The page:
Based largely on primary sources in the Russian language, this succinct volume cover the following aspects of Soviet foreign policy: world outlook, personalities and structures of the decisionmaking process, implementation of objectives, and a discussion of practices toward geographic regions as well as specific countries.
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USSR Foreign Policies After Detente
By Richard F. Staar
Hoover Institution PressCopyright © 1987 Board of Trustees of the Leland Stanford Junior University
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SOVIET WORLD OUTLOOK
It has been suggested that Soviet behavior in the world arena can be explained as the product of simple opportunism or Realpolitik. If this were true, the USSR would in the end be no different from any other aggressive power that would like to expand its influence. Yet such an assessment could even be true at the operational level and still not explain precisely what motivates the decision makers in the Kremlin. Why do these men seek confrontation, and what drives them?
One key place to find answers for such questions is in the system of beliefs on the basis of which all Soviet leaders have operated since the small group of communists seized power in 1917. Working within the framework of this ideology, the current successors to the original Bolsheviks have a world outlook that differs radically from that held by Western statesmen. According to one of Moscow's leading ideologists, the "historic mission" of the USSR involves the following three aspects:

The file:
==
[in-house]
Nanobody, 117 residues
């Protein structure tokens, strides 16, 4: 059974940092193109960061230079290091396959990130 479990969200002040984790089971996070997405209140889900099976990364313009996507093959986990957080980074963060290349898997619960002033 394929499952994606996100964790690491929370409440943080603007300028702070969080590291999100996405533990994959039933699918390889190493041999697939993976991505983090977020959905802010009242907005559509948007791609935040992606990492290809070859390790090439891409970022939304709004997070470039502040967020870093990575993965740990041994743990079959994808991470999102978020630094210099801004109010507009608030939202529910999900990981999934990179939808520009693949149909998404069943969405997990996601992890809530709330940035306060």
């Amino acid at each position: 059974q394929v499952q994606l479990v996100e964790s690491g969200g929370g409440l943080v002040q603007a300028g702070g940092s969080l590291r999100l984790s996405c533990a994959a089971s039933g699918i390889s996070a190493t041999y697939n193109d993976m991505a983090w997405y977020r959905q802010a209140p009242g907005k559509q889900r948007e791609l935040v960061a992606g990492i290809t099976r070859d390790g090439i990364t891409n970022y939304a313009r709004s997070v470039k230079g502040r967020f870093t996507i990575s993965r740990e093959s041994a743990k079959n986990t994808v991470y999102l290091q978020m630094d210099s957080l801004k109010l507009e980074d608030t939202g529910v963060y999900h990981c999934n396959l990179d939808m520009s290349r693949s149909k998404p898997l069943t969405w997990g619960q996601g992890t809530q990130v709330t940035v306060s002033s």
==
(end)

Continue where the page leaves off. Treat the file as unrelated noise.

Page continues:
1. building socialism and communism in the Soviet Union;
2. providing assistance to those countries where this process is under way; and
3. supporting the struggle for "social progress" in all other countries. [Italics added.]
The importance of ideology had recently been re-emphasized in the Soviet Union by the decision that the heir apparent, Gorbachev, retain ultimate responsibility for questions in this field. In fact, even as general secretary he chaired the commission preparing a new world outlook for the Communist Party of the Soviet Union (CPSU) program just before the 1986 party congress. Since that time, the deputy general-secretary has been responsible for the ideological area within the Politburo and Secretariat.
The ideological framework within which the foreign policies of the USSR operate actually has as its point of departure the belief that the industrialized countries of the West are currently in the third stage of a general crisis. By positing this periodization of modern history, the Soviets project what is for them an optimistic image of the world, in which the areas under capitalist control are becoming constantly smaller and weaker. Correspondingly, in Moscow's perception, areas under "progressive" rule in the communist and lesser developed states are expanding and being strengthened (see Table 1.1).